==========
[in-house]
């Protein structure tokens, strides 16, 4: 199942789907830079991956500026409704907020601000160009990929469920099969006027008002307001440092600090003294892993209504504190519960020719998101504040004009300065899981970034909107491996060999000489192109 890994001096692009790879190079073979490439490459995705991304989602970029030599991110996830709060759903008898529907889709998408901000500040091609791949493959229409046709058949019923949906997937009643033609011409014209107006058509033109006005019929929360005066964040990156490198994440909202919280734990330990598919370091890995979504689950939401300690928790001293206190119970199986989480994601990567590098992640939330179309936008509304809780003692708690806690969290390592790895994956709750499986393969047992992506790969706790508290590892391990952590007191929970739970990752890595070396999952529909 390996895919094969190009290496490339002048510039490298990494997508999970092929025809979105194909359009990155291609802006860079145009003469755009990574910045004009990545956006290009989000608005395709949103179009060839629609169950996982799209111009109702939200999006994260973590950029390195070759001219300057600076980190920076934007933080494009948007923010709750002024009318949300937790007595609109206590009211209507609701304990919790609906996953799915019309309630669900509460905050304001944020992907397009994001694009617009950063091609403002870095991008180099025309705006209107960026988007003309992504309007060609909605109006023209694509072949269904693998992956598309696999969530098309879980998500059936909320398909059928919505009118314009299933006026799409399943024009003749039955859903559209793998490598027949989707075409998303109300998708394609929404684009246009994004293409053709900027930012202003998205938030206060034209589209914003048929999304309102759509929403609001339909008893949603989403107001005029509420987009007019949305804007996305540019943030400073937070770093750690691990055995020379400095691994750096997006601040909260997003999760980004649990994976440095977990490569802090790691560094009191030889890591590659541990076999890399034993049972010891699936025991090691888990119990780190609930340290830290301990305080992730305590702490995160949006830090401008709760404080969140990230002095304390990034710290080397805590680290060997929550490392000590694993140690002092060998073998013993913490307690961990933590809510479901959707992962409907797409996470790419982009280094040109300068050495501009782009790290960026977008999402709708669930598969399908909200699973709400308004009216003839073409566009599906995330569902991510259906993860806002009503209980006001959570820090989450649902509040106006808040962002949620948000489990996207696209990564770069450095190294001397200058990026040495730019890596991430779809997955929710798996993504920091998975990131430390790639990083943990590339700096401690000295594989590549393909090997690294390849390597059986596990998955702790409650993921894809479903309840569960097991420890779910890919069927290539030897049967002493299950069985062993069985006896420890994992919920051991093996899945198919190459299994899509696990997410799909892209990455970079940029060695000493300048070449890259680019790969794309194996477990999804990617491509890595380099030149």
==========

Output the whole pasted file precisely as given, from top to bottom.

[in-house]
């Protein structure tokens, strides 16, 4: 199942789907830079991956500026409704907020601000160009990929469920099969006027008002307001440092600090003294892993209504504190519960020719998101504040004009300065899981970034909107491996060999000489192109 890994001096692009790879190079073979490439490459995705991304989602970029030599991110996830709060759903008898529907889709998408901000500040091609791949493959229409046709058949019923949906997937009643033609011409014209107006058509033109006005019929929360005066964040990156490198994440909202919280734990330990598919370091890995979504689950939401300690928790001293206190119970199986989480994601990567590098992640939330179309936008509304809780003692708690806690969290390592790895994956709750499986393969047992992506790969706790508290590892391990952590007191929970739970990752890595070396999952529909 390996895919094969190009290496490339002048510039490298990494997508999970092929025809979105194909359009990155291609802006860079145009003469755009990574910045004009990545956006290009989000608005395709949103179009060839629609169950996982799209111009109702939200999006994260973590950029390195070759001219300057600076980190920076934007933080494009948007923010709750002024009318949300937790007595609109206590009211209507609701304990919790609906996953799915019309309630669900509460905050304001944020992907397009994001694009617009950063091609403002870095991008180099025309705006209107960026988007003309992504309007060609909605109006023209694509072949269904693998992956598309696999969530098309879980998500059936909320398909059928919505009118314009299933006026799409399943024009003749039955859903559209793998490598027949989707075409998303109300998708394609929404684009246009994004293409053709900027930012202003998205938030206060034209589209914003048929999304309102759509929403609001339909008893949603989403107001005029509420987009007019949305804007996305540019943030400073937070770093750690691990055995020379400095691994750096997006601040909260997003999760980004649990994976440095977990490569802090790691560094009191030889890591590659541990076999890399034993049972010891699936025991090691888990119990780190609930340290830290301990305080992730305590702490995160949006830090401008709760404080969140990230002095304390990034710290080397805590680290060997929550490392000590694993140690002092060998073998013993913490307690961990933590809510479901959707992962409907797409996470790419982009280094040109300068050495501009782009790290960026977008999402709708669930598969399908909200699973709400308004009216003839073409566009599906995330569902991510259906993860806002009503209980006001959570820090989450649902509040106006808040962002949620948000489990996207696209990564770069450095190294001397200058990026040495730019890596991430779809997955929710798996993504920091998975990131430390790639990083943990590339700096401690000295594989590549393909090997690294390849390597059986596990998955702790409650993921894809479903309840569960097991420890779910890919069927290539030897049967002493299950069985062993069985006896420890994992919920051991093996899945198919190459299994899509696990997410799909892209990455970079940029060695000493300048070449890259680019790969794309194996477990999804990617491509890595380099030149």